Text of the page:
Wednesday, January 24, 2007

A/B vs multivariate testing

Referring to Wikipedia, multivariate statistical analysis, or multivariate testing (MVT) "describes a collection of procedures which involve observation and analysis of more than one statistical variable at a time". The key is "more than one".

A/B testing generally aims to compare various versions of one statistical element. In it's simplest incarnation, and what most web analytics solutions offers out of the box, A/B testing is based on two time frames.

When we refer to "4 different version's of a website homepage", the element of comparison is the whole page. What if instead we used each sub-elements such as graphics, layouts and text to evaluate the best combination of all those elements to get the winning home page? The first example can't tell if one element of a page is better than another, it tells us if the whole page is better. With the second example, we could find that "text A" combined with "layout B" and "graphics C" is, in fact, much better than "text A" with "layout A" and "graphic A".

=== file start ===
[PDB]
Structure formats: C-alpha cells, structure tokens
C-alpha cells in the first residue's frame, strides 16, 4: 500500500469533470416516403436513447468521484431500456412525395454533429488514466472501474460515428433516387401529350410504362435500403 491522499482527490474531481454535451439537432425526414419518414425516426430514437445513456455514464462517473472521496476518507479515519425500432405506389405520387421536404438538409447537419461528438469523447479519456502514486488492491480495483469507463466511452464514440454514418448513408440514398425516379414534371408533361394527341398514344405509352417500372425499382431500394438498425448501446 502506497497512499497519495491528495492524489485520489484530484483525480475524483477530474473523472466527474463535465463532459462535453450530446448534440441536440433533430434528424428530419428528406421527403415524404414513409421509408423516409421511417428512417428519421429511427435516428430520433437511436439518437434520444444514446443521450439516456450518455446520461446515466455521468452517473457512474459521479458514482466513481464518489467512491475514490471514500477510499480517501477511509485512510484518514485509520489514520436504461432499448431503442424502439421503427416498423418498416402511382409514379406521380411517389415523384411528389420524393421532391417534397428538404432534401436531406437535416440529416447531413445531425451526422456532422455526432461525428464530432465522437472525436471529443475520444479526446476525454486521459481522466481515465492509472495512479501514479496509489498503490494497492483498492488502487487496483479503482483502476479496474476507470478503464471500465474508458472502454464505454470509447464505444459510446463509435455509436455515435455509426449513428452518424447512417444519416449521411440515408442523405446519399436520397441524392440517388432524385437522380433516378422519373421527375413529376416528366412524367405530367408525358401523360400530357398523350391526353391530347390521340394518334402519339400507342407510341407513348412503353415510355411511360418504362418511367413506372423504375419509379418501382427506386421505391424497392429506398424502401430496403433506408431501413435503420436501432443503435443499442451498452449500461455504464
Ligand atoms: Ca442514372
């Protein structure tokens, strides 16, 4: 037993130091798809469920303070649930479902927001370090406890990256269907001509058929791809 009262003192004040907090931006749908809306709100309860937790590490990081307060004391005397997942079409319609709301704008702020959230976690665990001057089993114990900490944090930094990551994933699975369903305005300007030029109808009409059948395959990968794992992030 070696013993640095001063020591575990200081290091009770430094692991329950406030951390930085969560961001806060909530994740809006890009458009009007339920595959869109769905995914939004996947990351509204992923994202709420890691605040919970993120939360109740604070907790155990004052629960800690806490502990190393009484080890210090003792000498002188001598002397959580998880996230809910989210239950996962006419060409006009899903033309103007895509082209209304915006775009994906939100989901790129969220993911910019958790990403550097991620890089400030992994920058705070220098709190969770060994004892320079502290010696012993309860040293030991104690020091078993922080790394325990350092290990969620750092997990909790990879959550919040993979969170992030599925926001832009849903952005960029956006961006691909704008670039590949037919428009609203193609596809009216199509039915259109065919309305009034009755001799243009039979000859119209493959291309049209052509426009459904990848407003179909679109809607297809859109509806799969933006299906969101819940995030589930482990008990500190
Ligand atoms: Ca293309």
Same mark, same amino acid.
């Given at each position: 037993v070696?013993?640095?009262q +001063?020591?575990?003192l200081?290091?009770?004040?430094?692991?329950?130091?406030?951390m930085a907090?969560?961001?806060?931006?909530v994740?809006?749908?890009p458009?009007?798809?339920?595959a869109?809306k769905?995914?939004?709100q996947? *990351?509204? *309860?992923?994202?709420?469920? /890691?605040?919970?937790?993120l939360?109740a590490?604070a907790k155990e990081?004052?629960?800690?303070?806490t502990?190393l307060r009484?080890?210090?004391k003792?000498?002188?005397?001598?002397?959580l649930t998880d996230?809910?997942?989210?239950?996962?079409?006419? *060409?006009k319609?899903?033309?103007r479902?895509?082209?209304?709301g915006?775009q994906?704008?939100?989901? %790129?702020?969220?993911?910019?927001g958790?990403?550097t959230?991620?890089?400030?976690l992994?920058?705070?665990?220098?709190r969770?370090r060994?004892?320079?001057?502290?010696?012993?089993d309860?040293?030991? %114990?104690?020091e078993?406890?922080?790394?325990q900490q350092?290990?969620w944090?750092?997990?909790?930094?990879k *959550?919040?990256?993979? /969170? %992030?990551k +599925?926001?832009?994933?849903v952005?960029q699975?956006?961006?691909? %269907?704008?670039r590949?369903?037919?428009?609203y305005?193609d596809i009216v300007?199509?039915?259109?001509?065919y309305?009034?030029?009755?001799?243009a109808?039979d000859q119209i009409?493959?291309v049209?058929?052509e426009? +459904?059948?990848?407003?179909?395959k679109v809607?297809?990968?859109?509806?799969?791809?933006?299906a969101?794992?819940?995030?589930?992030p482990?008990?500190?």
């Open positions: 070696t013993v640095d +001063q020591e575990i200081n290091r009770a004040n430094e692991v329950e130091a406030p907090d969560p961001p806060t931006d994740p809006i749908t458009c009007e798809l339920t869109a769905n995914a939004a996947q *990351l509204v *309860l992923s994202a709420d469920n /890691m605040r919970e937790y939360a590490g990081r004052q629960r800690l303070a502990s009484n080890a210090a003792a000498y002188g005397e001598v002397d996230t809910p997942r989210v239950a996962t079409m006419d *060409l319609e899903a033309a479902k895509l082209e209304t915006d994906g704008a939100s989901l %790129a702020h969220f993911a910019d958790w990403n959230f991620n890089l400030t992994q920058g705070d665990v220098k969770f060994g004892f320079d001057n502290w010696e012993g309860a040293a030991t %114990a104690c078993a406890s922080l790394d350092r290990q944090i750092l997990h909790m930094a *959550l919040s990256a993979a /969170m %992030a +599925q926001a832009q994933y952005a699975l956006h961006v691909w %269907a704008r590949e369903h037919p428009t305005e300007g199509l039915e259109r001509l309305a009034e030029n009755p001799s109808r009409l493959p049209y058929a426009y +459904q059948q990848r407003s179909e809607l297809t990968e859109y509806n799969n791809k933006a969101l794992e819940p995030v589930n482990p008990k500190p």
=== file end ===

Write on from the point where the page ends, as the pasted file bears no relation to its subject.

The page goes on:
Another important difference between A/B and multivariate testing is that MVT provides quantitative data, while A/B testing often a branch of usability testing that also encompass qualitative data. Both quantitative and qualitative information are important to take the best decisions.

Finally, when you want to test two variations of an element, you end up with two tests. Fairly easy! If you want to test three variables (text, layout, graphics), and say each one as two variations, you end with 3^2 tests to do. This quickly gets out of hand as the number of possibilities increases. MVT statistical methods use a smaller number of tests and uses inference analysis to find out which combination of individual elements is "optimal."

The demos at Offermatica are pretty good at simplifying the differences between A/B and multivariate.